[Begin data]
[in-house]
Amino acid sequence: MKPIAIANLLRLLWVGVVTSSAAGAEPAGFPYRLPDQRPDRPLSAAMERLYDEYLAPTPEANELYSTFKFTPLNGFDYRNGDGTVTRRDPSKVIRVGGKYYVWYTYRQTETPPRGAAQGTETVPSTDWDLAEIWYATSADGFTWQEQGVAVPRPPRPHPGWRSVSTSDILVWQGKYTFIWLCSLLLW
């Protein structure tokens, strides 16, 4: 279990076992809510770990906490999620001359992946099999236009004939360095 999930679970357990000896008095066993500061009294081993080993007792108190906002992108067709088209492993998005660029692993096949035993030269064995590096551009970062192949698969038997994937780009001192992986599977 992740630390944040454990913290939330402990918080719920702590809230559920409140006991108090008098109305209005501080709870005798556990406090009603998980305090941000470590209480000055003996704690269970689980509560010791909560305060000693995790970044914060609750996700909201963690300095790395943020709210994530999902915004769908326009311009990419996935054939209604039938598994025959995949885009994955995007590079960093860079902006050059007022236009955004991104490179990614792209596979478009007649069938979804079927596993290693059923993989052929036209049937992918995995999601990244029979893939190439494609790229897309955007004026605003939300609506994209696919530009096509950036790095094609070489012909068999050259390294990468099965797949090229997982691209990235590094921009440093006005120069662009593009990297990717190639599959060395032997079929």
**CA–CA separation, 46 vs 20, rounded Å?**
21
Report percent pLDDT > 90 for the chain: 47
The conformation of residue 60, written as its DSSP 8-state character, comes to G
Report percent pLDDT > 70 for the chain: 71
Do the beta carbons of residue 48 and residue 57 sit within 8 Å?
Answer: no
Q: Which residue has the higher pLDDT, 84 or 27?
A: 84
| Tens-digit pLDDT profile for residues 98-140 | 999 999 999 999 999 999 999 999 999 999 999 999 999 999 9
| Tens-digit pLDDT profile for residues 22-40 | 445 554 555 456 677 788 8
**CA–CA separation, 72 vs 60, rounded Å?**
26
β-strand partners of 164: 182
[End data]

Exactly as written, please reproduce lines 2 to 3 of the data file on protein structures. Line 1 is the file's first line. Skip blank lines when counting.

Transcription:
Amino acid sequence: MKPIAIANLLRLLWVGVVTSSAAGAEPAGFPYRLPDQRPDRPLSAAMERLYDEYLAPTPEANELYSTFKFTPLNGFDYRNGDGTVTRRDPSKVIRVGGKYYVWYTYRQTETPPRGAAQGTETVPSTDWDLAEIWYATSADGFTWQEQGVAVPRPPRPHPGWRSVSTSDILVWQGKYTFIWLCSLLLW
């Protein structure tokens, strides 16, 4: 279990076992809510770990906490999620001359992946099999236009004939360095 999930679970357990000896008095066993500061009294081993080993007792108190906002992108067709088209492993998005660029692993096949035993030269064995590096551009970062192949698969038997994937780009001192992986599977 992740630390944040454990913290939330402990918080719920702590809230559920409140006991108090008098109305209005501080709870005798556990406090009603998980305090941000470590209480000055003996704690269970689980509560010791909560305060000693995790970044914060609750996700909201963690300095790395943020709210994530999902915004769908326009311009990419996935054939209604039938598994025959995949885009994955995007590079960093860079902006050059007022236009955004991104490179990614792209596979478009007649069938979804079927596993290693059923993989052929036209049937992918995995999601990244029979893939190439494609790229897309955007004026605003939300609506994209696919530009096509950036790095094609070489012909068999050259390294990468099965797949090229997982691209990235590094921009440093006005120069662009593009990297990717190639599959060395032997079929």